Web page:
𝗖𝗼𝗻𝗻𝗼𝗹𝗹𝘆’𝘀 𝗖𝗼𝗿𝗻𝗲𝗿 - this week: Open up the Pages - Mark Houston
Updated: Feb 18, 2021
Welcome all to 𝗖𝗼𝗻𝗻𝗼𝗹𝗹𝘆’𝘀 𝗖𝗼𝗿𝗻𝗲𝗿, a series of weekly reviews by Charles Connolly - an artist in his own right. Here, Charles delves into the greatest brand new singles brought to you by the best unsigned artists on our electrifying and eclectic set of 𝙉𝙚𝙬 𝘼𝙧𝙩𝙞𝙨𝙩 𝙎𝙥𝙤𝙩𝙡𝙞𝙜𝙝𝙩 playlists.
𝙊𝙥𝙚𝙣 𝙪𝙥 𝙩𝙝𝙚 𝙋𝙖𝙜𝙚𝙨 - 𝙈𝙖𝙧𝙠 𝙃𝙤𝙪𝙨𝙩𝙤𝙣
In his 20th review, Charles opens up the pages of his notes on the latest and greatest unsigned songs of the last fortnight - gotta Pikachu! (got to pick a tune, translated for those of you who are sensible) - only to find it is not an easy decision…
Never before has it been so difficult to choose a song to review. Now I don’t mean there was bugger all to choose from; quite the opposite! Having listened to around 200 songs - yes I do this every week - I managed to whittle down to 9, then 6, and then eventually 2. It felt unfair to have to choose just one. But, that is how it has to be. No joint winners in my game. None of that “everyone’s a winner round here” malarkey. I decided to go with a brand new artist on the scene with their debut single released only around 10 days ago! Please welcome Washington’s own Mark Houston! His song aptly named Open up the Pages, so let us do just that.
Hushed yet upfront vocals grab us by the ears and tell us to listen up - the first breath actually grabs us by the throat! The fullest sound then greets us with clarity and maturity. There is mysticism, acousticism and full-fat beaticism. As soon as Mark’s voice opens up for verse one, there is honesty and strong melody in multitude. Underneath the covers, the chords and song in general are reminiscent of an olde English folk tune, but Mark manages to really upscale this for the modern era. Chiming bells - most likely glockenspiel or vibraphone - are at the fore, being used as a subtle yet wise counter-melody. One of my favourite things about this song is how soft and modest it is, yet how it packs a punch with much interlaced intricacy. It smacks of experience. The pre-chorus’ vocal has the most sweetly enunciated syncopated rhythm - slightly reminiscent of the Dave Grohl combo’s One By One - bringing up the energy before leading into the chorus.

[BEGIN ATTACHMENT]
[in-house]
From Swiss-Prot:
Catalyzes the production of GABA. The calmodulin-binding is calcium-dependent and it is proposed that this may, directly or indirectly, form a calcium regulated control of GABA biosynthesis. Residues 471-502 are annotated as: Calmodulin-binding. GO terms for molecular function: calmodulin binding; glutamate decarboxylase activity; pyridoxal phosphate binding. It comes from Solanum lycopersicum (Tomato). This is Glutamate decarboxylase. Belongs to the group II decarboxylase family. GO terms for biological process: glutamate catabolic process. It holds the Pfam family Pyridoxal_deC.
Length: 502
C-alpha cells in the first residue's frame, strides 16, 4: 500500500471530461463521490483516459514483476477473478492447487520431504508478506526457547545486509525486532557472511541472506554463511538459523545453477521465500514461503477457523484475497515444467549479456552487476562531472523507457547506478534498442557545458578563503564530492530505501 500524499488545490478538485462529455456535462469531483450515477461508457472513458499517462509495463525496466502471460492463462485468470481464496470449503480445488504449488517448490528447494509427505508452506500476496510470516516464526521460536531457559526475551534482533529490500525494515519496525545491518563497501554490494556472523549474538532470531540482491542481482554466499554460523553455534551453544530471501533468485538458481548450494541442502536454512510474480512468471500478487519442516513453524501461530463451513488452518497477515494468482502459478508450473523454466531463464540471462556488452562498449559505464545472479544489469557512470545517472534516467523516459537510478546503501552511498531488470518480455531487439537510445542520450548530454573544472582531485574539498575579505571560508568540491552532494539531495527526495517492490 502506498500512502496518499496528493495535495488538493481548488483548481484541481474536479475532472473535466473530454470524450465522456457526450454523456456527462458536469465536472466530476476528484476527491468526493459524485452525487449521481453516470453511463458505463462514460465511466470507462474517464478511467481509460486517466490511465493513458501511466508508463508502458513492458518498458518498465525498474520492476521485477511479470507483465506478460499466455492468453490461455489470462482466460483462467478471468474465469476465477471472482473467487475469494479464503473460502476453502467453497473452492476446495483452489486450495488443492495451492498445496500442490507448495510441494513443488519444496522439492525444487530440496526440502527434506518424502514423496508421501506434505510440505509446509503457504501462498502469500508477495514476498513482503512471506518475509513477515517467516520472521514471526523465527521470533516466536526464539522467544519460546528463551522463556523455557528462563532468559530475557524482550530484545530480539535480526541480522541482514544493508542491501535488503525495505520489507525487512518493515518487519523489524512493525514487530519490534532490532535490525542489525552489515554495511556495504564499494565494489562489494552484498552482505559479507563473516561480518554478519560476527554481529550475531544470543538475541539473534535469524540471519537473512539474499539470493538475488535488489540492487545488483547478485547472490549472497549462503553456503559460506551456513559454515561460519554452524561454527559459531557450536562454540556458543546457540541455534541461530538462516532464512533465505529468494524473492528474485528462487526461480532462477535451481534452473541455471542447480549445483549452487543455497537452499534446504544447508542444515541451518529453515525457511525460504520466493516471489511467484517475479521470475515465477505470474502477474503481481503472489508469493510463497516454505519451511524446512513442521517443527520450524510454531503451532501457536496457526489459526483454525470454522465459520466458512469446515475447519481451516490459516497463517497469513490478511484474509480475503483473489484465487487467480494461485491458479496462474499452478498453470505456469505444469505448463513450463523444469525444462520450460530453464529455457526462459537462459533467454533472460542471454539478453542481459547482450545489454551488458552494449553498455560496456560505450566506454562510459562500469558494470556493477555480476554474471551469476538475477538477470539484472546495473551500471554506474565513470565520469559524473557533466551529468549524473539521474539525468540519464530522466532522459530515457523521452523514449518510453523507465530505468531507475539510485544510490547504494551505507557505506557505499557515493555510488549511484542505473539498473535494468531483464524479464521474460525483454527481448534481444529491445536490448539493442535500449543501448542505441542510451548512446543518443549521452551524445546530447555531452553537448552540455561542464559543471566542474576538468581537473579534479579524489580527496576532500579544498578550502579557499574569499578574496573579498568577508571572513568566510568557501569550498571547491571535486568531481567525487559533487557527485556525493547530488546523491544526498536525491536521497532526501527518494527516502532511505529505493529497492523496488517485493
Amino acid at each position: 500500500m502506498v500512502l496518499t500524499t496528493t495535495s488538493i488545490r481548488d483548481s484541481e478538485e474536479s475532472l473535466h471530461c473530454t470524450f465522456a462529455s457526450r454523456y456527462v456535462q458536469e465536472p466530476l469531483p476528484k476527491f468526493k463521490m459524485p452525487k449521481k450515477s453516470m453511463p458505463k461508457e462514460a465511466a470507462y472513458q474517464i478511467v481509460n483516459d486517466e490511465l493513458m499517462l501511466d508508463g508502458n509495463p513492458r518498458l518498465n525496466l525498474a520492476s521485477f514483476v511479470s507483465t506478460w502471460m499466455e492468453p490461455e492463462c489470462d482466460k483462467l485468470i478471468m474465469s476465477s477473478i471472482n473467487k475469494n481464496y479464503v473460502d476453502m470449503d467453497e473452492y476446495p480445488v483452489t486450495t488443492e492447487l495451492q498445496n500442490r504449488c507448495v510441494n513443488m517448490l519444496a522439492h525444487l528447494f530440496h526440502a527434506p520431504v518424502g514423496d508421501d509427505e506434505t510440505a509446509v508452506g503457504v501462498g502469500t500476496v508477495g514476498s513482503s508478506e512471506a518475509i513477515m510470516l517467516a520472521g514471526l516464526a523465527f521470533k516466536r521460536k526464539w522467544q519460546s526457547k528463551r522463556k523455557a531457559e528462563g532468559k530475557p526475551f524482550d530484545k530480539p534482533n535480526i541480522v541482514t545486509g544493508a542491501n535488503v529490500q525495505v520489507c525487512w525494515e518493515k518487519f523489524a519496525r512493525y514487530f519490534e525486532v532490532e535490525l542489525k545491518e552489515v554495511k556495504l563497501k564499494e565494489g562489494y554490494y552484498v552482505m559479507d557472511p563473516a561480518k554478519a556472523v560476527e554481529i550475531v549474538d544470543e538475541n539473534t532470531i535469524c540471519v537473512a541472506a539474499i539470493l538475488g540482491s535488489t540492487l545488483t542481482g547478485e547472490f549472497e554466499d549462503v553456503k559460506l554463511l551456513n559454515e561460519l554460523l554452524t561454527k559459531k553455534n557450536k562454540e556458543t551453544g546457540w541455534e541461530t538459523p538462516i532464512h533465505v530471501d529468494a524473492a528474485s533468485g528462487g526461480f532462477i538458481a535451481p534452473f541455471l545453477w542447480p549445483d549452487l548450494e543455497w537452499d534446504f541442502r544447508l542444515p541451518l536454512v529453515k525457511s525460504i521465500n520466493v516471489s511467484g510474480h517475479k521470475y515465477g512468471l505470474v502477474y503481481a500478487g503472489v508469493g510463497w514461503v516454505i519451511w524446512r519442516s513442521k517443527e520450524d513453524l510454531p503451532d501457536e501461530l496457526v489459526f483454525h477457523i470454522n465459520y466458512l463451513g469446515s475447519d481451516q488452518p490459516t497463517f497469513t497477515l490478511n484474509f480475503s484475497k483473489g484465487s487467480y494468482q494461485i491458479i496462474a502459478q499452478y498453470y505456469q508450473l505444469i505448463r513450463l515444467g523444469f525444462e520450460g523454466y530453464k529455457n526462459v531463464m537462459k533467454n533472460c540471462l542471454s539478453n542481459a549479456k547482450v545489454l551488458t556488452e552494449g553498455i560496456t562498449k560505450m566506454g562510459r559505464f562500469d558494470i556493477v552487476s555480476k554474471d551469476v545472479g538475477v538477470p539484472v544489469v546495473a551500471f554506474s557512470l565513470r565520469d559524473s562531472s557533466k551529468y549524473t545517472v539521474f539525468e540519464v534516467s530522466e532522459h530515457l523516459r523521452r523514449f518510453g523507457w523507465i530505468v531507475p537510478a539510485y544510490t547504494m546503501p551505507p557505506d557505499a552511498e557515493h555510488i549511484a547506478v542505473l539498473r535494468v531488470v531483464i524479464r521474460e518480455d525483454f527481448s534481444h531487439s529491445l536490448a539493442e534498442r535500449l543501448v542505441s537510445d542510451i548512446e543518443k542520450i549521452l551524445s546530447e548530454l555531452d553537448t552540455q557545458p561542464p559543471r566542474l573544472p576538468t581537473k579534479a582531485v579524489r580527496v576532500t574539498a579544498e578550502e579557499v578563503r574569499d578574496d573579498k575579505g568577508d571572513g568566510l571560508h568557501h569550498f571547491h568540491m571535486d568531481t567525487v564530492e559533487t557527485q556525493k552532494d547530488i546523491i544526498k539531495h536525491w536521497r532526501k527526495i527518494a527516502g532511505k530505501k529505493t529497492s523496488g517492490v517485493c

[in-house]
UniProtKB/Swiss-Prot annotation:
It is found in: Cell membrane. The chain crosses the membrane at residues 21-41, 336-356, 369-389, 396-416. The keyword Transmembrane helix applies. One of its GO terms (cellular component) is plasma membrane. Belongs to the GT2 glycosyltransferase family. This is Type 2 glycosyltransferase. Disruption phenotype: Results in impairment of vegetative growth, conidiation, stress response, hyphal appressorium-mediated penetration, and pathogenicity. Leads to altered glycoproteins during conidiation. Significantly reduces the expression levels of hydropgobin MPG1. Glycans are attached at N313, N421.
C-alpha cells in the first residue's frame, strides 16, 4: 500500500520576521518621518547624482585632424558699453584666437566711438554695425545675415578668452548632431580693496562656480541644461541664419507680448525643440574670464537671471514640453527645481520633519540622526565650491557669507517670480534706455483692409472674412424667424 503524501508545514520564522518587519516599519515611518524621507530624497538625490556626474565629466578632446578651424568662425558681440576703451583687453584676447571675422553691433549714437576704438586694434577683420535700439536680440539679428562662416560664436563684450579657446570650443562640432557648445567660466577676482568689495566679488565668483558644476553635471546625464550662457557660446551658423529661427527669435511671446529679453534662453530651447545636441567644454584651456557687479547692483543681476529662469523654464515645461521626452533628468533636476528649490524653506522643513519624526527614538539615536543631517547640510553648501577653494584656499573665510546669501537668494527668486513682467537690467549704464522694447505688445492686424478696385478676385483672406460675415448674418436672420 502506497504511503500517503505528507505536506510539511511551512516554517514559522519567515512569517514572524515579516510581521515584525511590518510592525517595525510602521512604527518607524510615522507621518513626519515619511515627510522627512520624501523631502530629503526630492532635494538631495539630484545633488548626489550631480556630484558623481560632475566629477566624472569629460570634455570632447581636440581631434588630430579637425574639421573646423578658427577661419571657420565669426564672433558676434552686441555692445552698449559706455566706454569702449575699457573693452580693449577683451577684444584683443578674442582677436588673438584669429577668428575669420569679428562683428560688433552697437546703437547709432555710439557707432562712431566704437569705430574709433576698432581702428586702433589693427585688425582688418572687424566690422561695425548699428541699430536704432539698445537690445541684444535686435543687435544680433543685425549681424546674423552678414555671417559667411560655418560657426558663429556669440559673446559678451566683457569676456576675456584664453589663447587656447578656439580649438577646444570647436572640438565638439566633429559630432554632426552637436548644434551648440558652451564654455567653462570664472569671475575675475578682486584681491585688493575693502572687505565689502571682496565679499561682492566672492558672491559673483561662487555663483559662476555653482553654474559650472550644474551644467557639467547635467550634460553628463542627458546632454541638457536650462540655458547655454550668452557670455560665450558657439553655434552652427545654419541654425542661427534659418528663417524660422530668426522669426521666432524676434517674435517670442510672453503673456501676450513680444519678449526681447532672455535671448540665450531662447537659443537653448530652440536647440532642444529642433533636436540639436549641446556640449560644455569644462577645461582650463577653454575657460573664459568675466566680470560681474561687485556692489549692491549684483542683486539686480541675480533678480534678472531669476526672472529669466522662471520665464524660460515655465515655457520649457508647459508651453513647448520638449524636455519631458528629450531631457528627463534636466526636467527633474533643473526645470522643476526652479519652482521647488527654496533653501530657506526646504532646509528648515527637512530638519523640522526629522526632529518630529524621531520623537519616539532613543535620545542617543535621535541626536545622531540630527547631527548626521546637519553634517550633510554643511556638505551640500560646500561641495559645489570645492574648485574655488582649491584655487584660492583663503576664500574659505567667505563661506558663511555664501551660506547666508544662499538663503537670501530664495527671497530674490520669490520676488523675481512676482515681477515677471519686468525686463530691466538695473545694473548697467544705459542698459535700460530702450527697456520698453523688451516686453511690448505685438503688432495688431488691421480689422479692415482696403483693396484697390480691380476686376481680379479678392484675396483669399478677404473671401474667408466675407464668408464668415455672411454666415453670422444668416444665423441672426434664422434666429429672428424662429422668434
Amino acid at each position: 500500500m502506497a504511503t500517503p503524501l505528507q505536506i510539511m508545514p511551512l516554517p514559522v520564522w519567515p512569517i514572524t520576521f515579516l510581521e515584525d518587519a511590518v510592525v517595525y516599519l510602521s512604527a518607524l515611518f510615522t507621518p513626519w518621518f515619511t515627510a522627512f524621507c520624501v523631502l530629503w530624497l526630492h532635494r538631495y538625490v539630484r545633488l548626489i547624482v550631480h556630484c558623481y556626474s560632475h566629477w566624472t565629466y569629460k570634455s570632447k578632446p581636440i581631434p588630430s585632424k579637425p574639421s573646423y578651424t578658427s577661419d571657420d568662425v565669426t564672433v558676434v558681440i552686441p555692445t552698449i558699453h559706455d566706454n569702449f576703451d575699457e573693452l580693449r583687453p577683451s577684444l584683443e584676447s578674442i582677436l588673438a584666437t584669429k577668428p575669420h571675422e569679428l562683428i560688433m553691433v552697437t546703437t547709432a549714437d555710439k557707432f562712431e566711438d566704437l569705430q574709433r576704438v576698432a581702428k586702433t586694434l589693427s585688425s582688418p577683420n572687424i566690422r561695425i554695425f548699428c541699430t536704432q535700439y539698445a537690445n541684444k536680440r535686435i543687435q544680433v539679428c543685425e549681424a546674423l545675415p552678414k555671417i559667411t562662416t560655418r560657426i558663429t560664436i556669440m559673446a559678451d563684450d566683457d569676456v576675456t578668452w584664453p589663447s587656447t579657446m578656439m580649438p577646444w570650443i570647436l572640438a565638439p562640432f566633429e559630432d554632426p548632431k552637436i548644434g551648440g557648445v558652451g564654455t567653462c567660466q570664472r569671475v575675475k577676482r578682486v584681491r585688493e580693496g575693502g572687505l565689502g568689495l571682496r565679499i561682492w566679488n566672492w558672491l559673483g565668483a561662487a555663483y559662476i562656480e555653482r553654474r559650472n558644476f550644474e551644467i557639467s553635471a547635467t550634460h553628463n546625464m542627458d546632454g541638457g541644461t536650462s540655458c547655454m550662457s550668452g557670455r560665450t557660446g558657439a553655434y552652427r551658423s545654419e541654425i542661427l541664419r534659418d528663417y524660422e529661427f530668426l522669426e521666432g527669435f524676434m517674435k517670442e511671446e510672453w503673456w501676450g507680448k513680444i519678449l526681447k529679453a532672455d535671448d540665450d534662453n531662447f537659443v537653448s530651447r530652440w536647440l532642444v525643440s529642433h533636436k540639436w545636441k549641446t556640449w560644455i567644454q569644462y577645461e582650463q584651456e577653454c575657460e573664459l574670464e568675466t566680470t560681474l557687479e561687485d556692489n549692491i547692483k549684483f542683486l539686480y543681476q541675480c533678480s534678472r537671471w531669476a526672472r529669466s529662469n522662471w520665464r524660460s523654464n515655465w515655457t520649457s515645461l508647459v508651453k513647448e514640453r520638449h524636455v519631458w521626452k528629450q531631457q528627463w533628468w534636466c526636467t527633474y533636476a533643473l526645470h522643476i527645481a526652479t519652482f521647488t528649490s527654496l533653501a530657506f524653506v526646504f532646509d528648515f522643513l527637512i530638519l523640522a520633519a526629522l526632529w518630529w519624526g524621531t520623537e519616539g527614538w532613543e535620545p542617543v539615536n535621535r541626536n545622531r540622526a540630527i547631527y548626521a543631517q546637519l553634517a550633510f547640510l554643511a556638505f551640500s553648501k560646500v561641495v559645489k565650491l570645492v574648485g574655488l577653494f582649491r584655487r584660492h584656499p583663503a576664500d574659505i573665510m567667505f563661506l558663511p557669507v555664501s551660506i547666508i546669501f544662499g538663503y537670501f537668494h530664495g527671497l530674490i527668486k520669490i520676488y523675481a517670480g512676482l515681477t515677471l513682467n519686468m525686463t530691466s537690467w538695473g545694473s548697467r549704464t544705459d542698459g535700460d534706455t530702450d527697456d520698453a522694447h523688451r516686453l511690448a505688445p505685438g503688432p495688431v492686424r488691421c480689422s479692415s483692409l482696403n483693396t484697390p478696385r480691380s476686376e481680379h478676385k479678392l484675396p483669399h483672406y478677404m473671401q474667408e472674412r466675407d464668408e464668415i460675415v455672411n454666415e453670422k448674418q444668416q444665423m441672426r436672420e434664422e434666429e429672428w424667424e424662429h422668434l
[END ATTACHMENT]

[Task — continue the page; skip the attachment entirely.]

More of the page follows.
I cannot very easily grab Mark’s influences from the ether. This alternative song is original and really very much the way I would like things to go in pop music. No obvious style or genre, excellent quality and always utterly original. What can possibly be better than that…?! The intro could be said to be influenced by Mike Oldfield in that one strangely popular thing he did. If the drums were doubled in tempo, the song could possibly be likened to Cher’s 1971 Gypsys (irritating spelling), Tramps and Thieves - but STILL we are not close. There is funk, slink and shimmer throughout in the guitars and bass. The beat, although being drummed on drums by a drummer - conceivably by Mark himself - they have been mixed in a way that isn’t out of place with the slap of today’s modern electronic and synthesised beats. Mark is a fantastic and inspired arranger, and professional to the core.
Our final verse switches halfway to double-time tempo, making it a neatly tight little rock sound, fondly reminding me a little of a song I recorded many years ago. This switched-up tempo truly brings more energy without it losing any interest. The final 35 seconds is a perfect ending to an extremely well structured song. Outros (or however you’d like to spell it) are almost completely gone these days. Songs often tend to simply end, which to me exaggerates the digital copy-and-paste society in music with which we are all too familiar. Mark, it seems, has a similar attitude towards this as I. To use technology as an aid and an alleviation of the tedium that comes with creating and recording music, rather than to let the machine do it for you and make it easier to be lazy. Computers are vital and wonderful things these days - I am still so happy and astounded that I can have an invisible studio in my living room with near zero running costs. BUT, they are to be used as a workhorse for the things that used to be a pain and slow down the creative process, and for us to be able to do things which without we could never have achieved. Art must still reign supreme. The creator should never end up being Mr. Mac or Mr. Windows. Of course, this is only my opinion on the matter, but I do feel it very strongly. The best way to start the creative process is to let the horse sleep, or at least be inaccessible. “Don’t let your computer be your guide”, unsaid by Jiminy Cricket.
Right! Enough preaching and so forth. I really do wish Mark Houston all the best on his seemingly brand new musical journey. He has started with honest fire and I expect us all to soon be engulfed in his flames, with the forthcoming release of his debut album, scheduled for release later this year. Watch this space… As for this chapter, I must reluctantly close the pages.
Listen to 𝙊𝙥𝙚𝙣 𝙪𝙥 𝙩𝙝𝙚 𝙋𝙖𝙜𝙚𝙨 HERE!
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